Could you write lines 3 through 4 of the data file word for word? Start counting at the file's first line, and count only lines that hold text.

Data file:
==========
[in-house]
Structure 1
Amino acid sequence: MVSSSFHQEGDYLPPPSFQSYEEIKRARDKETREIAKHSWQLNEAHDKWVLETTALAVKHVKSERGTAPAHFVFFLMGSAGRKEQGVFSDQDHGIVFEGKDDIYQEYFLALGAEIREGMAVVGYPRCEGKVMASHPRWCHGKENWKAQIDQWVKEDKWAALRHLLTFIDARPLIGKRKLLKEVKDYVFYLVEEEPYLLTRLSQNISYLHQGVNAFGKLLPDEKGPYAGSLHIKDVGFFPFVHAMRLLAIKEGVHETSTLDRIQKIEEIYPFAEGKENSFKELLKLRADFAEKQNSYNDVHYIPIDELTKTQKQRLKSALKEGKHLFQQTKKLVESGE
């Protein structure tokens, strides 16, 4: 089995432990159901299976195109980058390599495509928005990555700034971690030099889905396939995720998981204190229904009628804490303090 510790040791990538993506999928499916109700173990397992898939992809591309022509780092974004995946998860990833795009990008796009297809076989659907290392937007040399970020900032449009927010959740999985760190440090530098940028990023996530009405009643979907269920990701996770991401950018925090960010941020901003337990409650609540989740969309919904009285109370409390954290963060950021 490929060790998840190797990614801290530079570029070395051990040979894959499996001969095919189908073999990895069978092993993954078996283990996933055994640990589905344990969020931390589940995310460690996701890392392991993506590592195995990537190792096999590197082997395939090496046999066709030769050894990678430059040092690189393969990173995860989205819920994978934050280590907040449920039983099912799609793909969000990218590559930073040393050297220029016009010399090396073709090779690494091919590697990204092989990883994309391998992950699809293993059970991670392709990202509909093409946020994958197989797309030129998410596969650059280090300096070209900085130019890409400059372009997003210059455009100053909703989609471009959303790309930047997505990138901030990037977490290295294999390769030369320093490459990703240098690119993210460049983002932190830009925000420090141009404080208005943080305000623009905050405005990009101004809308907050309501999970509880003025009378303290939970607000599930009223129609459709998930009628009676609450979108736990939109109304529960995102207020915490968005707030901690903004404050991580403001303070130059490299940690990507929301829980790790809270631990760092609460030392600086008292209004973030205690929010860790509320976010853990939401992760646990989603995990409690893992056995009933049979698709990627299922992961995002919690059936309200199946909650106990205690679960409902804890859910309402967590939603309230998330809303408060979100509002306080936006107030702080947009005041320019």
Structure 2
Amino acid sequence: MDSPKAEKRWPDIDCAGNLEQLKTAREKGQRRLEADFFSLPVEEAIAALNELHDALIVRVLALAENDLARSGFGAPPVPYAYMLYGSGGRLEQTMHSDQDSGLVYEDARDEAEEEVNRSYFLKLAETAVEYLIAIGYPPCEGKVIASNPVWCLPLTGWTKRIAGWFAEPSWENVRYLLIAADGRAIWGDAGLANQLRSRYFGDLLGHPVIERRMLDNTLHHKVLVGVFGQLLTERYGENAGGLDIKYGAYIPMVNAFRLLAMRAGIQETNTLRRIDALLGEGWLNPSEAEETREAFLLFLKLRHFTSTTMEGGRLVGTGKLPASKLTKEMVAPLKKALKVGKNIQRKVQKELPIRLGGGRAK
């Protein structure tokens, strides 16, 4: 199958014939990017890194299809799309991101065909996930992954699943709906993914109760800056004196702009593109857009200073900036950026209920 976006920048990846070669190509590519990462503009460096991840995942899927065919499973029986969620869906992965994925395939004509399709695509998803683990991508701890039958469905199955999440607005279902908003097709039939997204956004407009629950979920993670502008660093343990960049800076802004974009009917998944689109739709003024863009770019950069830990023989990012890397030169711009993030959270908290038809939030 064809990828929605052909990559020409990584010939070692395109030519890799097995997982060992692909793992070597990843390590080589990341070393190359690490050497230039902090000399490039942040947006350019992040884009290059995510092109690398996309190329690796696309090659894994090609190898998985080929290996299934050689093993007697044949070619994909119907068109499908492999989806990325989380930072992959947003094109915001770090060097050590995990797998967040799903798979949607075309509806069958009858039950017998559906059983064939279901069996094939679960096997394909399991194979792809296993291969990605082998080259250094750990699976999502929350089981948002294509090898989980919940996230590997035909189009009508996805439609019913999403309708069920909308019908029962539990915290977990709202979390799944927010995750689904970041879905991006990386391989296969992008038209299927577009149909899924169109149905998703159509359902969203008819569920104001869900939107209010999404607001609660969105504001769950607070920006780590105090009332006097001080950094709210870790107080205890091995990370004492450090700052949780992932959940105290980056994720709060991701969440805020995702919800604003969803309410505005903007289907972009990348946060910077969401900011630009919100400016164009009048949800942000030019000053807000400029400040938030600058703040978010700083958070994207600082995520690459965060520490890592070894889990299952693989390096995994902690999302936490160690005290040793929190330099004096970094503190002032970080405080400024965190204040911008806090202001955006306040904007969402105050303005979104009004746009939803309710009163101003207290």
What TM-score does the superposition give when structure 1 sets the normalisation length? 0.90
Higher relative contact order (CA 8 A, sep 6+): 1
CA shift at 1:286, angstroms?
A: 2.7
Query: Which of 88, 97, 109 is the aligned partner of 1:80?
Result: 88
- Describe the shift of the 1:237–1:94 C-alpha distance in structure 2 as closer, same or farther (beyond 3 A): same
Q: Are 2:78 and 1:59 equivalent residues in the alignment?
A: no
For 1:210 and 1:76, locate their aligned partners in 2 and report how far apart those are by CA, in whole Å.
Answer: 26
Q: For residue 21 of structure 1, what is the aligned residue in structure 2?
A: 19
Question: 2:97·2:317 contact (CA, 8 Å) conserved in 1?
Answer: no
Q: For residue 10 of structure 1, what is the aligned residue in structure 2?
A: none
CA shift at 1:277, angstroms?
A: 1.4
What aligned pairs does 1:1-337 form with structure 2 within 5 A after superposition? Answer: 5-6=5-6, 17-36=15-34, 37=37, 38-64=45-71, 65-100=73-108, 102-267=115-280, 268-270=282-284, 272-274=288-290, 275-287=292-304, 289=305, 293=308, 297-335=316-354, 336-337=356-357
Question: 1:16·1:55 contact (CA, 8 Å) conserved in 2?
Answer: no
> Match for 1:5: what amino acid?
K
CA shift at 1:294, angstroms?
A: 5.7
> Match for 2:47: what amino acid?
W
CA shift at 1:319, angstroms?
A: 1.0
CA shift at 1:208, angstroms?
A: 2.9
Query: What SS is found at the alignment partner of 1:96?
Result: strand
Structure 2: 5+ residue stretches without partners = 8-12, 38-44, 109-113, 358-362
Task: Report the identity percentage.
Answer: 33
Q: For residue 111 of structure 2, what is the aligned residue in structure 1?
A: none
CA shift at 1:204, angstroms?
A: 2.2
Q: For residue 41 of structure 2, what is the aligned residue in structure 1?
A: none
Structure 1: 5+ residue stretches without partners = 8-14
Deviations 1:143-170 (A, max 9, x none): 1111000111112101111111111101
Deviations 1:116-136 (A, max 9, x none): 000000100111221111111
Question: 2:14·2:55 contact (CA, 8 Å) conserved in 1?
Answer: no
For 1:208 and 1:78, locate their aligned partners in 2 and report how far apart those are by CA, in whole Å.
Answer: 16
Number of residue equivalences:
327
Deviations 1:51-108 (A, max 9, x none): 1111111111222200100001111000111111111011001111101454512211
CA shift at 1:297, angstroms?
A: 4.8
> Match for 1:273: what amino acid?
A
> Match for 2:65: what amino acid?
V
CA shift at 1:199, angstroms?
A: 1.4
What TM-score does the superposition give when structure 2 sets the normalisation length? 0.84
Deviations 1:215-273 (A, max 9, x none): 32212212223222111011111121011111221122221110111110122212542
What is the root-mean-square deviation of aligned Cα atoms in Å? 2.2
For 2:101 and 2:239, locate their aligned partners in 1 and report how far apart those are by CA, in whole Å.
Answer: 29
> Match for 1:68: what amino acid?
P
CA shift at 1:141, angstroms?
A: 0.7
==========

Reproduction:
Amino acid sequence: MVSSSFHQEGDYLPPPSFQSYEEIKRARDKETREIAKHSWQLNEAHDKWVLETTALAVKHVKSERGTAPAHFVFFLMGSAGRKEQGVFSDQDHGIVFEGKDDIYQEYFLALGAEIREGMAVVGYPRCEGKVMASHPRWCHGKENWKAQIDQWVKEDKWAALRHLLTFIDARPLIGKRKLLKEVKDYVFYLVEEEPYLLTRLSQNISYLHQGVNAFGKLLPDEKGPYAGSLHIKDVGFFPFVHAMRLLAIKEGVHETSTLDRIQKIEEIYPFAEGKENSFKELLKLRADFAEKQNSYNDVHYIPIDELTKTQKQRLKSALKEGKHLFQQTKKLVESGE
């Protein structure tokens, strides 16, 4: 089995432990159901299976195109980058390599495509928005990555700034971690030099889905396939995720998981204190229904009628804490303090 510790040791990538993506999928499916109700173990397992898939992809591309022509780092974004995946998860990833795009990008796009297809076989659907290392937007040399970020900032449009927010959740999985760190440090530098940028990023996530009405009643979907269920990701996770991401950018925090960010941020901003337990409650609540989740969309919904009285109370409390954290963060950021 490929060790998840190797990614801290530079570029070395051990040979894959499996001969095919189908073999990895069978092993993954078996283990996933055994640990589905344990969020931390589940995310460690996701890392392991993506590592195995990537190792096999590197082997395939090496046999066709030769050894990678430059040092690189393969990173995860989205819920994978934050280590907040449920039983099912799609793909969000990218590559930073040393050297220029016009010399090396073709090779690494091919590697990204092989990883994309391998992950699809293993059970991670392709990202509909093409946020994958197989797309030129998410596969650059280090300096070209900085130019890409400059372009997003210059455009100053909703989609471009959303790309930047997505990138901030990037977490290295294999390769030369320093490459990703240098690119993210460049983002932190830009925000420090141009404080208005943080305000623009905050405005990009101004809308907050309501999970509880003025009378303290939970607000599930009223129609459709998930009628009676609450979108736990939109109304529960995102207020915490968005707030901690903004404050991580403001303070130059490299940690990507929301829980790790809270631990760092609460030392600086008292209004973030205690929010860790509320976010853990939401992760646990989603995990409690893992056995009933049979698709990627299922992961995002919690059936309200199946909650106990205690679960409902804890859910309402967590939603309230998330809303408060979100509002306080936006107030702080947009005041320019």